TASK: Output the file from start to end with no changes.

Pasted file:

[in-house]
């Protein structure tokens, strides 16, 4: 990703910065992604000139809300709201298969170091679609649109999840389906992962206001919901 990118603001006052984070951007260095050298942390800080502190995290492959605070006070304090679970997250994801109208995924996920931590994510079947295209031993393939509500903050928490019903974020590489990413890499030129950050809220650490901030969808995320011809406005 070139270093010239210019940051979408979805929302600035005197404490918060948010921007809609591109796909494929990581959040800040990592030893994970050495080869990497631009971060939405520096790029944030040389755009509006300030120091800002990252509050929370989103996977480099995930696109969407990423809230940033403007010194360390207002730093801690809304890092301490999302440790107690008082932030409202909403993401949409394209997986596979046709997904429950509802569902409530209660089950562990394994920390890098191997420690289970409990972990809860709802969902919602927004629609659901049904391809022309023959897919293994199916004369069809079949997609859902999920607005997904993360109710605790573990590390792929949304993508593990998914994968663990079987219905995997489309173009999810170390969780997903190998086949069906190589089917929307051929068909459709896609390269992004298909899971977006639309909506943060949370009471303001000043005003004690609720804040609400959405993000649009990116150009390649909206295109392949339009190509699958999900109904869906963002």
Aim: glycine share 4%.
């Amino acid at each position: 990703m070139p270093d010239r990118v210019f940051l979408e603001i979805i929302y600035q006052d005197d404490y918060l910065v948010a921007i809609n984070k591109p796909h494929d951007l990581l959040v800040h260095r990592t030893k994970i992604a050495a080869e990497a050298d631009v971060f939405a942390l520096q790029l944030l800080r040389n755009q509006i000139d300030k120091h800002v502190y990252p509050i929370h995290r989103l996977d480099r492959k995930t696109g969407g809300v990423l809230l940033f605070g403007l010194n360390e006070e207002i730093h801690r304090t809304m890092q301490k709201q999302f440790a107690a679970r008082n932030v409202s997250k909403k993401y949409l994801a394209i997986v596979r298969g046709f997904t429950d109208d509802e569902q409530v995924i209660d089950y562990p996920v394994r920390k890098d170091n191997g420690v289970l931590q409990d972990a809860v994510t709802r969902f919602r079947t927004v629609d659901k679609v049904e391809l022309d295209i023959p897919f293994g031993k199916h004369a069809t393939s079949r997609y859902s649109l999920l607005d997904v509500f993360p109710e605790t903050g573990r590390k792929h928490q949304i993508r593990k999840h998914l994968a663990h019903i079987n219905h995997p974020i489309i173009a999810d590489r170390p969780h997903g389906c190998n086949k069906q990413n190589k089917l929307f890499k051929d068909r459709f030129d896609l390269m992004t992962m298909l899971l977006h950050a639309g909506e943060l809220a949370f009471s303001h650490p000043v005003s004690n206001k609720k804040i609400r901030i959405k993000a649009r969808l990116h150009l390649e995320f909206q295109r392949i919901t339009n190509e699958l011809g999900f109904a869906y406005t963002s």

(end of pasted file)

[in-house]
């Protein structure tokens, strides 16, 4: 990703910065992604000139809300709201298969170091679609649109999840389906992962206001919901 990118603001006052984070951007260095050298942390800080502190995290492959605070006070304090679970997250994801109208995924996920931590994510079947295209031993393939509500903050928490019903974020590489990413890499030129950050809220650490901030969808995320011809406005 070139270093010239210019940051979408979805929302600035005197404490918060948010921007809609591109796909494929990581959040800040990592030893994970050495080869990497631009971060939405520096790029944030040389755009509006300030120091800002990252509050929370989103996977480099995930696109969407990423809230940033403007010194360390207002730093801690809304890092301490999302440790107690008082932030409202909403993401949409394209997986596979046709997904429950509802569902409530209660089950562990394994920390890098191997420690289970409990972990809860709802969902919602927004629609659901049904391809022309023959897919293994199916004369069809079949997609859902999920607005997904993360109710605790573990590390792929949304993508593990998914994968663990079987219905995997489309173009999810170390969780997903190998086949069906190589089917929307051929068909459709896609390269992004298909899971977006639309909506943060949370009471303001000043005003004690609720804040609400959405993000649009990116150009390649909206295109392949339009190509699958999900109904869906963002």
Aim: glycine share 4%.
């Amino acid at each position: 990703m070139p270093d010239r990118v210019f940051l979408e603001i979805i929302y600035q006052d005197d404490y918060l910065v948010a921007i809609n984070k591109p796909h494929d951007l990581l959040v800040h260095r990592t030893k994970i992604a050495a080869e990497a050298d631009v971060f939405a942390l520096q790029l944030l800080r040389n755009q509006i000139d300030k120091h800002v502190y990252p509050i929370h995290r989103l996977d480099r492959k995930t696109g969407g809300v990423l809230l940033f605070g403007l010194n360390e006070e207002i730093h801690r304090t809304m890092q301490k709201q999302f440790a107690a679970r008082n932030v409202s997250k909403k993401y949409l994801a394209i997986v596979r298969g046709f997904t429950d109208d509802e569902q409530v995924i209660d089950y562990p996920v394994r920390k890098d170091n191997g420690v289970l931590q409990d972990a809860v994510t709802r969902f919602r079947t927004v629609d659901k679609v049904e391809l022309d295209i023959p897919f293994g031993k199916h004369a069809t393939s079949r997609y859902s649109l999920l607005d997904v509500f993360p109710e605790t903050g573990r590390k792929h928490q949304i993508r593990k999840h998914l994968a663990h019903i079987n219905h995997p974020i489309i173009a999810d590489r170390p969780h997903g389906c190998n086949k069906q990413n190589k089917l929307f890499k051929d068909r459709f030129d896609l390269m992004t992962m298909l899971l977006h950050a639309g909506e943060l809220a949370f009471s303001h650490p000043v005003s004690n206001k609720k804040i609400r901030i959405k993000a649009r969808l990116h150009l390649e995320f909206q295109r392949i919901t339009n190509e699958l011809g999900f109904a869906y406005t963002s």